Deceptive Marketers and Expansive Fraud Scheme
Deceptive marketers for a work-at-home and business coaching scheme swindle consumers out of millions of dollars. One of the companies, a Utah company called Apply Knowledge, provides coaching services to people who want to learn to operate a web-based business. The fraud, at its core, falsely promises consumers they can earn considerable income through the purchase of business coaching services. Over the course of the scheme, consumers lose upwards of tens of thousands of dollars each.
The scheme’s key ringleaders are Phillip Edward Gannuscia II and Richard Scott Nemrow. Other defendants include Gannuscia’s wife, Jessica Bjarnson, Jeffrey Nicol, Thomas J. Riskas III, Dahm International LLC, Dominion of Virgo Investments Inc., Essent Media LLC, EVI LLC, Nemrow Consulting LLC, Novus North LLC, Purple Buffalo LLC, 365DailyFit LLC, and Vensure International LLC. Going forward, the aforementioned individuals and companies receive FTC bans from selling business coaching programs and investment opportunities, and from credit card laundering and telemarketing. In addition to the ban, the Federal Trade Commission settlement order prohibits the defendants from profiting from consumers’ personal information of the challenged practices.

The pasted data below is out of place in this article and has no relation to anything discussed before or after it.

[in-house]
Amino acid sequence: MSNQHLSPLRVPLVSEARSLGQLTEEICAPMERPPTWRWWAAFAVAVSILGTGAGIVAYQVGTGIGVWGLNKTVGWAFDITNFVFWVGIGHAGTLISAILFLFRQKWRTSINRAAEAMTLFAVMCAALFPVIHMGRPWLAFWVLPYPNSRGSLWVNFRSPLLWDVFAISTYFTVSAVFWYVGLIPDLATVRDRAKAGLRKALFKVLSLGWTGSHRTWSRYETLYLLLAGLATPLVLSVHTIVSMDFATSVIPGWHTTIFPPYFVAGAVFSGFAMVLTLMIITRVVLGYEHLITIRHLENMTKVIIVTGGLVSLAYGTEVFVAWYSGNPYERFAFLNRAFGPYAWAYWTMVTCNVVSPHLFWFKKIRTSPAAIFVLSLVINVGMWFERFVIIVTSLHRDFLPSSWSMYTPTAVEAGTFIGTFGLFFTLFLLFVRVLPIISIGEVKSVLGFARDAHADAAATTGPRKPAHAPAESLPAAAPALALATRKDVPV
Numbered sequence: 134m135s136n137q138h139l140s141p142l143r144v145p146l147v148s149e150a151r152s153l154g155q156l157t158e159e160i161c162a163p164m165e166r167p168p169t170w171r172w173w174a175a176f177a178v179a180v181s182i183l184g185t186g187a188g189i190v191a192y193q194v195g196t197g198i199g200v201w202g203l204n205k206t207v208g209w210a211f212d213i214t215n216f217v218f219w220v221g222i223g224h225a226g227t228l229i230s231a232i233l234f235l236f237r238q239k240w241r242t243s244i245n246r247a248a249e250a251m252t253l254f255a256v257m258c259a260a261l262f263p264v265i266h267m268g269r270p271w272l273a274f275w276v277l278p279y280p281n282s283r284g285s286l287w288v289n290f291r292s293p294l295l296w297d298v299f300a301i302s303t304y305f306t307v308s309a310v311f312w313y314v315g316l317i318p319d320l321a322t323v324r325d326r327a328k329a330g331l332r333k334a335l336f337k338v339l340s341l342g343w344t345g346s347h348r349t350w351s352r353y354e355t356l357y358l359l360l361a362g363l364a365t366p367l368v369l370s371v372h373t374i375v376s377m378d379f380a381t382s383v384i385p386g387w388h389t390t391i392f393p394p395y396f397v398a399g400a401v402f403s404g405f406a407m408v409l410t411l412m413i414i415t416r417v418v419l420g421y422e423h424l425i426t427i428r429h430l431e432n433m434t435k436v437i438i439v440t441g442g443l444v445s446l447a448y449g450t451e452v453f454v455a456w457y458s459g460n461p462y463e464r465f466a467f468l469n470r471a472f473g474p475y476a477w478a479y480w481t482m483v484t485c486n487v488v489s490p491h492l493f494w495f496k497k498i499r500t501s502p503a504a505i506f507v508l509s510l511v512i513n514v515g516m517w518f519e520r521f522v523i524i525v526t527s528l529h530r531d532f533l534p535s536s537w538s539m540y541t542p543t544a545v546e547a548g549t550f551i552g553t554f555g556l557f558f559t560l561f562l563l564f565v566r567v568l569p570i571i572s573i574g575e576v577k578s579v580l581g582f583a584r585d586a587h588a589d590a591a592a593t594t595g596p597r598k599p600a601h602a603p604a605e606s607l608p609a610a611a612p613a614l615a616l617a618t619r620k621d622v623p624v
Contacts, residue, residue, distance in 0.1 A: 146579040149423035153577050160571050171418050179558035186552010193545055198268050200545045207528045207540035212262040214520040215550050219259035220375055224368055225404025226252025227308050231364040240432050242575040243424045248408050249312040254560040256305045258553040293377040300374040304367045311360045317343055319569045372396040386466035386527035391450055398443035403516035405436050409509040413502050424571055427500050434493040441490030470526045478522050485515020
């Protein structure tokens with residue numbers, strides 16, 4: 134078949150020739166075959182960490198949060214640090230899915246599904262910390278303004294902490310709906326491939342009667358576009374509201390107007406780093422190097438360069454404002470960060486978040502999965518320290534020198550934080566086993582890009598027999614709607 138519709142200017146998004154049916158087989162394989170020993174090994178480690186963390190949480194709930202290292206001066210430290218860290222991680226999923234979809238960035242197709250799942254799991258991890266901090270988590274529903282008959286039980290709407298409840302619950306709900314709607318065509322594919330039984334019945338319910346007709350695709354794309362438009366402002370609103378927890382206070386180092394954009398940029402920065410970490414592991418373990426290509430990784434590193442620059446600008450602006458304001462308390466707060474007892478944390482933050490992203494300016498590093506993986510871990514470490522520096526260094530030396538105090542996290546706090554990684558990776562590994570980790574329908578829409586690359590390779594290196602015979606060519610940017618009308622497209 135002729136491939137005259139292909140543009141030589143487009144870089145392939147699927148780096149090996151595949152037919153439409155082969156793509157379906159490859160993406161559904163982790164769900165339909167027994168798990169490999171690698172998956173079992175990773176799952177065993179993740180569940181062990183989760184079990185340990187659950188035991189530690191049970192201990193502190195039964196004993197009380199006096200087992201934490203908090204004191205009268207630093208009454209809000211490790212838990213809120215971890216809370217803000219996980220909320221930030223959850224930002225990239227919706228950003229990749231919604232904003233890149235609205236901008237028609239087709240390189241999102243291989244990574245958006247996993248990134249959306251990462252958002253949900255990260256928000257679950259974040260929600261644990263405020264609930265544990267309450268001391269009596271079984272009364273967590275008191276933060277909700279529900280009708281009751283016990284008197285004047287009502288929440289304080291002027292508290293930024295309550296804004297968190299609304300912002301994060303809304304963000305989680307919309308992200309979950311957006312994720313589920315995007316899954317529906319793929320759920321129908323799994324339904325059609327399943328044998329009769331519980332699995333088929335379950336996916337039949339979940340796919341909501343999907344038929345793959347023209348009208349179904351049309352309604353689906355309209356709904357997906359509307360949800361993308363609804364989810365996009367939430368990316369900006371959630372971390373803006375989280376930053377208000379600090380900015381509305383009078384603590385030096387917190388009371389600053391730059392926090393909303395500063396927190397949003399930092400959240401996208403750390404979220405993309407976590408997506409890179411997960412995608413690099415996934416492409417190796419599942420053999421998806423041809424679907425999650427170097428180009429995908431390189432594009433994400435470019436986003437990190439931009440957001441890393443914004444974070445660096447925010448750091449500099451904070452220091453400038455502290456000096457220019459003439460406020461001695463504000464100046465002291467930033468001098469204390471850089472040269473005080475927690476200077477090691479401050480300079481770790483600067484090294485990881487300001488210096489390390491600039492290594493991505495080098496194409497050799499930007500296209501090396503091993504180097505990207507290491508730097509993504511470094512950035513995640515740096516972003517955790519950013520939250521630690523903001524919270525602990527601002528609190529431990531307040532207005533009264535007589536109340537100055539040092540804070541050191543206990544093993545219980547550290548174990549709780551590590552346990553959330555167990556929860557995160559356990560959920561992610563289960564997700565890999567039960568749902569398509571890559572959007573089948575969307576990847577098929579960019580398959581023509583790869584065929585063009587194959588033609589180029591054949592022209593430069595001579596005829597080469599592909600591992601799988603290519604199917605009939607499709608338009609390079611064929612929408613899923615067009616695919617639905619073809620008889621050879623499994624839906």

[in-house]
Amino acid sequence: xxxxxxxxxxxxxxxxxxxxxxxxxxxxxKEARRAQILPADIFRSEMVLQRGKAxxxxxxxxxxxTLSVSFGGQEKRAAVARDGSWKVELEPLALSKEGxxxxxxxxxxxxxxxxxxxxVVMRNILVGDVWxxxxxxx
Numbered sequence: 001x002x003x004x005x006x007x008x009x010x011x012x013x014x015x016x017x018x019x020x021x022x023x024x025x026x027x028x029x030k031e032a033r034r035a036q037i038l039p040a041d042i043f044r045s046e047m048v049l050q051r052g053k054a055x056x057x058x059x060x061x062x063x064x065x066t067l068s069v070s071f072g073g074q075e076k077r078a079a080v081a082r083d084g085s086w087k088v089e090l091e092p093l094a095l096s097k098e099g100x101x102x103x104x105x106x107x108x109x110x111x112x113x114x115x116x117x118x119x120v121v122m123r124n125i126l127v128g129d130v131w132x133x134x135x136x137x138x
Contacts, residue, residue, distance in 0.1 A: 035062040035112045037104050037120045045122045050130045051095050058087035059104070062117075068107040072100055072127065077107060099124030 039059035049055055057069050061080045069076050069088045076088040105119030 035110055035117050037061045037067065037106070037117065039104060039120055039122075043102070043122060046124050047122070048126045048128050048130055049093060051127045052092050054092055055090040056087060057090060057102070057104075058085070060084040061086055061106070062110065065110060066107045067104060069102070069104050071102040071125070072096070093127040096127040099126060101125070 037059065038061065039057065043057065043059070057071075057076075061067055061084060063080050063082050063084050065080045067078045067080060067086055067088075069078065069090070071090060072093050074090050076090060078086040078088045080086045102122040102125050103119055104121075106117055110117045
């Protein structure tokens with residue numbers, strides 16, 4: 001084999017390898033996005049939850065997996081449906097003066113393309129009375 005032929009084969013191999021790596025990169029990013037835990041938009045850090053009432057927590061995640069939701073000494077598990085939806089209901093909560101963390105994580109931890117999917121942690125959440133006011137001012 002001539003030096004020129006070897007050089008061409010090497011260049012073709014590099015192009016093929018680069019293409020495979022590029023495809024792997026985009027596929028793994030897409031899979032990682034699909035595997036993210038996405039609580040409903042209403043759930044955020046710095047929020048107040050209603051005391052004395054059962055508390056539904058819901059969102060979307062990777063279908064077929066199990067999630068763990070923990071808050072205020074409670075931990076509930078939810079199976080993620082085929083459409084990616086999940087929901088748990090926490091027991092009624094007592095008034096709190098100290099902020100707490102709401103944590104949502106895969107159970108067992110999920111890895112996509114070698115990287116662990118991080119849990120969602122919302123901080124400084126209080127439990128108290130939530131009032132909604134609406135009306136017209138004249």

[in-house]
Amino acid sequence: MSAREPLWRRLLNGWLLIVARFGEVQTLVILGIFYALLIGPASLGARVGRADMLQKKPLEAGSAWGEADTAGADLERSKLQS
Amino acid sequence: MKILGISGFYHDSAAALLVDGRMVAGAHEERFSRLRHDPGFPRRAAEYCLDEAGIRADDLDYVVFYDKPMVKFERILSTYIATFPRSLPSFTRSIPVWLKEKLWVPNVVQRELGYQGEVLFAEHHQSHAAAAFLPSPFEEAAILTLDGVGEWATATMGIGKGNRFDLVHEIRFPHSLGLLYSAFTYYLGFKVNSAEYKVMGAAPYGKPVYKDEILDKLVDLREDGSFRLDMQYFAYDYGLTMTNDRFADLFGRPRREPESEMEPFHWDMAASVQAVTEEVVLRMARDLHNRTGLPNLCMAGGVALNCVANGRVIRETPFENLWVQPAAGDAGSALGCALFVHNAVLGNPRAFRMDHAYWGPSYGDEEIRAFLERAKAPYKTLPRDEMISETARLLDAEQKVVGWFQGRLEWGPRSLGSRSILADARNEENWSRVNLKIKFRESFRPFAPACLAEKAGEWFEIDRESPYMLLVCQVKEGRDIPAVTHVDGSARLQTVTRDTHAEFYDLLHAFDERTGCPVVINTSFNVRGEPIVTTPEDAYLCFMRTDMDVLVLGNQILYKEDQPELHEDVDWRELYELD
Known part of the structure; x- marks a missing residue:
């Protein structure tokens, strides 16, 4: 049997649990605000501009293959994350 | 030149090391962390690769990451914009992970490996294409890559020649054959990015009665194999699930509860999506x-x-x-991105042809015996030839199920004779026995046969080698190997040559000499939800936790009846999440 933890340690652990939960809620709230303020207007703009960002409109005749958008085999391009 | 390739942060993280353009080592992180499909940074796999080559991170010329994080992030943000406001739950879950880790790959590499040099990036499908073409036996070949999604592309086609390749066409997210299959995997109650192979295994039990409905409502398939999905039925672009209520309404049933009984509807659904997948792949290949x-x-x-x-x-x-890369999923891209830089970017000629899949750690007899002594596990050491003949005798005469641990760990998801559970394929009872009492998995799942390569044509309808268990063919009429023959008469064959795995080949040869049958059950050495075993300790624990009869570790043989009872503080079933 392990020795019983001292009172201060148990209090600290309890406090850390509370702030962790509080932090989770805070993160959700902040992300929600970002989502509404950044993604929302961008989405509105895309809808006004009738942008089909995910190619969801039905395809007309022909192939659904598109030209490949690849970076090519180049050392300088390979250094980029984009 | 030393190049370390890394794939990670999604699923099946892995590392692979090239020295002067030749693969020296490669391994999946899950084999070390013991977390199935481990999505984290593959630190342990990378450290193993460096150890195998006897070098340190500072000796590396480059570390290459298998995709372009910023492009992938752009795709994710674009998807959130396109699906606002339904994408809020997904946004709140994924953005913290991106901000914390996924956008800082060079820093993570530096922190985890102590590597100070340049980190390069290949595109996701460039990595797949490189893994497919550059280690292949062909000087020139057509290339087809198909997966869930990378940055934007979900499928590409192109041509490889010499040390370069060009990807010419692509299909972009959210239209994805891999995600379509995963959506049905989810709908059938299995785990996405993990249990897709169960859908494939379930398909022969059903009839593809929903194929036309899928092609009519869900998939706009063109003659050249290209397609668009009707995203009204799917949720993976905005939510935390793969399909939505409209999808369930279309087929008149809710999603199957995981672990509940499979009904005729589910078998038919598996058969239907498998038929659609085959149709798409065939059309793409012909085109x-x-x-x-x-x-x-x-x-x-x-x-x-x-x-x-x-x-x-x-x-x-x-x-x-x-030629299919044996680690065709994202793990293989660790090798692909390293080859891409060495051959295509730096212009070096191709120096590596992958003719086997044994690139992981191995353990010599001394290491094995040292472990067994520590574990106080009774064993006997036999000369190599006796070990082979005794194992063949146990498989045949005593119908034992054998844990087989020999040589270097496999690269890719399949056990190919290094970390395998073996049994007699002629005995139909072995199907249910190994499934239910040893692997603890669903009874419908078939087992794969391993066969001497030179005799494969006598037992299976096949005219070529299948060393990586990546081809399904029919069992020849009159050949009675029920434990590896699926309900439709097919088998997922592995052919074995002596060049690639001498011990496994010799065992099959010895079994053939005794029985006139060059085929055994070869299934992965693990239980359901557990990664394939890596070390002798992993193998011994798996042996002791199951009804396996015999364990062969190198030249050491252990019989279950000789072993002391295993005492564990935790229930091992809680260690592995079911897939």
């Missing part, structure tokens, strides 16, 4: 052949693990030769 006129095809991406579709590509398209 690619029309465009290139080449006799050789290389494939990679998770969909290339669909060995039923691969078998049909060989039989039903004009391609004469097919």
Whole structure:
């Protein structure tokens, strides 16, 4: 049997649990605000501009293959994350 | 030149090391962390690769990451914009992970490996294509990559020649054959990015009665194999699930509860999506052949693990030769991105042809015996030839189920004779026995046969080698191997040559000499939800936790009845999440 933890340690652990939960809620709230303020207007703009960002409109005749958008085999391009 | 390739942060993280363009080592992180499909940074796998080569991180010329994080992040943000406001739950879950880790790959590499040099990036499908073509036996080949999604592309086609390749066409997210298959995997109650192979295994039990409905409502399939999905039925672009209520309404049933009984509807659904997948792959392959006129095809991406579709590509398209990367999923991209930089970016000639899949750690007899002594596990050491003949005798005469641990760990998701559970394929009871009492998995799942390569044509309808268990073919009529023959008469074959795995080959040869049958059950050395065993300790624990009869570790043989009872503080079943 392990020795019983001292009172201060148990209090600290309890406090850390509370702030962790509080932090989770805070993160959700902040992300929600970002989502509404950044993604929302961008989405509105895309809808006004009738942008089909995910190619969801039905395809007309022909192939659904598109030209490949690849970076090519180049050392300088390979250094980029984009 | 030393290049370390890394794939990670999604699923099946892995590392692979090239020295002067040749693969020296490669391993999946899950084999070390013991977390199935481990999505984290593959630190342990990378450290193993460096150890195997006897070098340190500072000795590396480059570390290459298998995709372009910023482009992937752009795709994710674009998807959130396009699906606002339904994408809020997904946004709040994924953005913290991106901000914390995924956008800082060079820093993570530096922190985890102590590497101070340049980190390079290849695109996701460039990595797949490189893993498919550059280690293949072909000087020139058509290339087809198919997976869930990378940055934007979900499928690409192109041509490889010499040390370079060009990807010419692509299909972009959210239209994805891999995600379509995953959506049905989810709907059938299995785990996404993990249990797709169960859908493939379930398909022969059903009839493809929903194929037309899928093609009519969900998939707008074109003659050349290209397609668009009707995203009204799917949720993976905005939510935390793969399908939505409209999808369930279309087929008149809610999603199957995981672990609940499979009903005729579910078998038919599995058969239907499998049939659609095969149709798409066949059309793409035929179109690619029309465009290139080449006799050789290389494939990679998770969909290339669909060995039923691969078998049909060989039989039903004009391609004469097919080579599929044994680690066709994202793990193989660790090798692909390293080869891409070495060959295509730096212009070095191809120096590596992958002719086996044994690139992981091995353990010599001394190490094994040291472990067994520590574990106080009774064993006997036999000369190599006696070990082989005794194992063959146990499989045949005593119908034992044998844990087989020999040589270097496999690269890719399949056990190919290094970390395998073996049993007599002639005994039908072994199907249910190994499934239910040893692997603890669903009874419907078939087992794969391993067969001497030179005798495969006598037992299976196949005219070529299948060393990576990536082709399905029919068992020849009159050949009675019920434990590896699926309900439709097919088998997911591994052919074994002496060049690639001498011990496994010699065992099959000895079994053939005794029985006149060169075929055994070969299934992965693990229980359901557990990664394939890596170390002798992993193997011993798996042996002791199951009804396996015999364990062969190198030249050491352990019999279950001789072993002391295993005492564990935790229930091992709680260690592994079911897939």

FTC and U.S. District Judge Clash
The Federal Trade Commission order imposes a $19,214,950.40 judgment. The judgement, however, does not become due unless the defendants misrepresent their respective financial condition. In the meantime, Gannuscia and Bjarnson surrender $854,200, while Nemrow surrenders $160,800. Similarly, Riskas and Nicol surrender $12,000 and $2,000, respectively. As for the corporate entities, the FTC levies additional sums.
Despite the widespread fraud, U.S. District Judge Dee Benson states a contrarian position to arguments from the Federal Trade Commission. Meanwhile, the FTC asserts that all assets shall be frozen. Finally, the FTC insists a responsible party is appointed to take over the companies and seize all related funds.
“It might be fraud. It might not be,” said Benson, who added the issues “can be sorted out at trial” and indicated he didn’t accept the FTC argument the businesses operated as single enterprise in which all operations involved fraud.